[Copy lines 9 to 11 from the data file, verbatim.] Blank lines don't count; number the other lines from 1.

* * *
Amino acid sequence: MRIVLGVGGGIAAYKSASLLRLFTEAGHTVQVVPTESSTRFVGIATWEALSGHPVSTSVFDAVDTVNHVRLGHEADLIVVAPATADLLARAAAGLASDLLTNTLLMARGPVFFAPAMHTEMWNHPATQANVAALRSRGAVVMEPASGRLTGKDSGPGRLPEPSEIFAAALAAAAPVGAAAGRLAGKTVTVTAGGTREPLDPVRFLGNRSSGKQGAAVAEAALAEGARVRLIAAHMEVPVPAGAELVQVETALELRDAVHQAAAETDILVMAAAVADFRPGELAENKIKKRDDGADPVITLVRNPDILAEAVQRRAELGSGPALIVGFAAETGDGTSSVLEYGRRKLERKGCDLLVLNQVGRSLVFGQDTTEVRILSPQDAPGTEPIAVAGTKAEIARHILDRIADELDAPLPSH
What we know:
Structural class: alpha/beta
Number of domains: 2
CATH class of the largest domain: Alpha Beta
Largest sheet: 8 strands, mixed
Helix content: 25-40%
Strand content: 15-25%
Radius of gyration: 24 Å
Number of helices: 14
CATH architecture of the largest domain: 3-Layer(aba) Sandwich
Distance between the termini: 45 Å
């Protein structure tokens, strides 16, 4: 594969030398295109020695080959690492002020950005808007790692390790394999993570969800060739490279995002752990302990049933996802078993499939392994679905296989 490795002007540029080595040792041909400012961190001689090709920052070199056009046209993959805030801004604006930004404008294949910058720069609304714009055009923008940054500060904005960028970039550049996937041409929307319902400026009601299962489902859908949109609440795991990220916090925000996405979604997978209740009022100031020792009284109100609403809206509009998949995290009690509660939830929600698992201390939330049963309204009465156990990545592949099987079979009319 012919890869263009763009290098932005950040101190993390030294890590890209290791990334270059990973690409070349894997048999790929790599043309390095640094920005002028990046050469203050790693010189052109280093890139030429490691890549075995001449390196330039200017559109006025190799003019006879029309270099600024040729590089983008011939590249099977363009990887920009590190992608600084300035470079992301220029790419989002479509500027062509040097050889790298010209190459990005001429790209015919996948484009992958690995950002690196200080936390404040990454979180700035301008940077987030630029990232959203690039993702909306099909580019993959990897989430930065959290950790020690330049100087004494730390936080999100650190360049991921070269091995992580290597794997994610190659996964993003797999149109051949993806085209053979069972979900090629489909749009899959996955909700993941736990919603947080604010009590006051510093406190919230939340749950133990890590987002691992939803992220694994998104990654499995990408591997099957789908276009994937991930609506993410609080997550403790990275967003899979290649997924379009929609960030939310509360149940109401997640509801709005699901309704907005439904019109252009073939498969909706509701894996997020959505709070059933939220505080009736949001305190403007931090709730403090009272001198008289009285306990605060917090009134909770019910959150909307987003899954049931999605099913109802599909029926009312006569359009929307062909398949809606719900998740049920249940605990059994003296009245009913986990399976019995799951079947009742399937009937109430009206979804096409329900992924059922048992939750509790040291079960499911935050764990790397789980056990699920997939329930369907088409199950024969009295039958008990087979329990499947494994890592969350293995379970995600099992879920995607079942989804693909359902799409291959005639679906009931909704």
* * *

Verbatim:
Radius of gyration: 24 Å
Number of helices: 14
CATH architecture of the largest domain: 3-Layer(aba) Sandwich